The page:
COLLEGE staff have warned of further strike action unless their employers get around the negotiating table to talk about pay.

In a rare show of joint defiance, lecturers and support staff including porters, clerical workers, and administrators, brought colleges to a halt yesterday.

Thousands of students had their lessons cancelled as staff protested against the recent 2.3 per cent pay offer. Teachers in schools can earn 12 per cent more - worth £3,000 a year - even though the further education (FE) sector educates more 16 to 18-year-olds

Joyce Harrison, regional support officer for lecturers' union Natfhe, said of the strike action: "We welcomed our Unison colleagues and it was a clear demonstration that the two unions together are saying enough is enough.

"The next step is to hope that there are further talks, that we can get somewhere with those, otherwise we're going to have to consider further action."

About 250 union members protested at Grey's Monument, Newcastle, yesterday, and a number of colleges in the region, including City of Sunderland and South Tyneside colleges, were closed.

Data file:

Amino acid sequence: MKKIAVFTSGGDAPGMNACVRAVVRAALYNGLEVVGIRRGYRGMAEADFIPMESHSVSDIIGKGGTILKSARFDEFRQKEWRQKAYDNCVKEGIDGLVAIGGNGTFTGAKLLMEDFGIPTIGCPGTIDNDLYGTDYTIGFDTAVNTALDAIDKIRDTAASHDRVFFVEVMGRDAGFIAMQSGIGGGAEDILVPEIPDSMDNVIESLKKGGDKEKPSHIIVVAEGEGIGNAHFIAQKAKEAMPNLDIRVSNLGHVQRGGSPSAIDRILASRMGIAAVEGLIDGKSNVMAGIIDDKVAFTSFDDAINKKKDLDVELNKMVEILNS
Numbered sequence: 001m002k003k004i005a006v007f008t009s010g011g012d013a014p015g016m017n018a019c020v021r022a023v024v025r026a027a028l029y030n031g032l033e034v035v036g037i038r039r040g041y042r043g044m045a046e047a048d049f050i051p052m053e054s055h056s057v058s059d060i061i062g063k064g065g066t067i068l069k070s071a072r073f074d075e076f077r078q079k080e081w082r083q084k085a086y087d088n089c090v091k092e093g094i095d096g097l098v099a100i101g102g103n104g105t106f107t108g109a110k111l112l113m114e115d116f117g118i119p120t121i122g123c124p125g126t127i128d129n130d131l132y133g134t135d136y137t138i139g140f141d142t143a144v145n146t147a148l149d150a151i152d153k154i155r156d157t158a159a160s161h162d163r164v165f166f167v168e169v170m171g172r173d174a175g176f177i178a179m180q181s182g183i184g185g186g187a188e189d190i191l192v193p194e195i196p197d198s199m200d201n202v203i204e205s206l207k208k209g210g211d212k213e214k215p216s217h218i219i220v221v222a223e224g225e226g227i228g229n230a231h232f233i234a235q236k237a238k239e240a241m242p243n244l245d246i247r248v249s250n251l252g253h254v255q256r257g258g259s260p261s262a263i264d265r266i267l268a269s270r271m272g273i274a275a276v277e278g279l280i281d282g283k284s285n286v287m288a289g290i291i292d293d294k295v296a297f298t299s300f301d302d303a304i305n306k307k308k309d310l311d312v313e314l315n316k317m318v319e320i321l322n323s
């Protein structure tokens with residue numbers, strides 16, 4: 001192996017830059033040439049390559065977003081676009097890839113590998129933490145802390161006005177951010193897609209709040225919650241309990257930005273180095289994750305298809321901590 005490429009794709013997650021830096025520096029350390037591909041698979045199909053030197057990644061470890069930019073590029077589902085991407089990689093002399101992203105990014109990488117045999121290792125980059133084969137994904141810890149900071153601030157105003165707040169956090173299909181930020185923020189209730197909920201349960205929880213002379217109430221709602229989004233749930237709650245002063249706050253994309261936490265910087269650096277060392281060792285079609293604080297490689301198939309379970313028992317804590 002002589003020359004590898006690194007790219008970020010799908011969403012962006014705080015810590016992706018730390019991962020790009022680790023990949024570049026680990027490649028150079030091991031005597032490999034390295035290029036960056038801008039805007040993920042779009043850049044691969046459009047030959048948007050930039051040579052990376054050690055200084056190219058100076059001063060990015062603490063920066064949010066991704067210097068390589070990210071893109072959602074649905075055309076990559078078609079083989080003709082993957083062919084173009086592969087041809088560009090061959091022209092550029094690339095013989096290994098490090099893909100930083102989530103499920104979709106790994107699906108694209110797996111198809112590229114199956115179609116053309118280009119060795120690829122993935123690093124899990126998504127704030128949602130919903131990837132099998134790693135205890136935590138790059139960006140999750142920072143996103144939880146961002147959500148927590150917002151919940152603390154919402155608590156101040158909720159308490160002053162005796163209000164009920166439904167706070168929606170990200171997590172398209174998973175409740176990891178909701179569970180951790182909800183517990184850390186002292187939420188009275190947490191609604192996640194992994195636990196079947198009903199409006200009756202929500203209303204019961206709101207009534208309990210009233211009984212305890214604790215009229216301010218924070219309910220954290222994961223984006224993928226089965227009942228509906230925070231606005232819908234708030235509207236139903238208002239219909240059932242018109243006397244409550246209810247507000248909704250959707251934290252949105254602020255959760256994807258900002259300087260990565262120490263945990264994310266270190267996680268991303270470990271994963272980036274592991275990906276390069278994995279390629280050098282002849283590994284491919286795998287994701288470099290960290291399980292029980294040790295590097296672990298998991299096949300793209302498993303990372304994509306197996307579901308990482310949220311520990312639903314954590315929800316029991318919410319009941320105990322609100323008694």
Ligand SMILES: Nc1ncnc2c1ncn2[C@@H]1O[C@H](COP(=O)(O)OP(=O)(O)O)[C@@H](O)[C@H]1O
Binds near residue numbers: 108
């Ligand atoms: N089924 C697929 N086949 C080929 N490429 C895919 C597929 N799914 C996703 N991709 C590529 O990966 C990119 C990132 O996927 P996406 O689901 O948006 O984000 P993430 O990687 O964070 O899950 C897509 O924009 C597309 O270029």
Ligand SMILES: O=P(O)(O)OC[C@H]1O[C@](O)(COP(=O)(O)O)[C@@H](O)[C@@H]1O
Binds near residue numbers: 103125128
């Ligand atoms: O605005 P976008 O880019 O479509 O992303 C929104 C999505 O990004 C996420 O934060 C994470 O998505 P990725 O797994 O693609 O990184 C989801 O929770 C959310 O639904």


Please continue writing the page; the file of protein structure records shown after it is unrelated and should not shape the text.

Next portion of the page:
Richard Armstrong, branch chairman of Natfhe at Darlington College of Technology, said: "We've had a good number of years of salaries being stifled by the management of the colleges.

"We are hoping that talks will commence with the AoC (Association of Colleges) in order to further their promises of parity with school teachers by 2004."

But the AoC, which represents almost all the sixth form and general further education colleges, has said there is no more money available.

AoC director of employment policy Ivor Jones said the unions should have waited for Education Secretary Charles Clarke's statement on long-term funding for FE colleges at the AoC's annual conference on November 19.

He said they should not have ''pre-judged the outcome with strike action''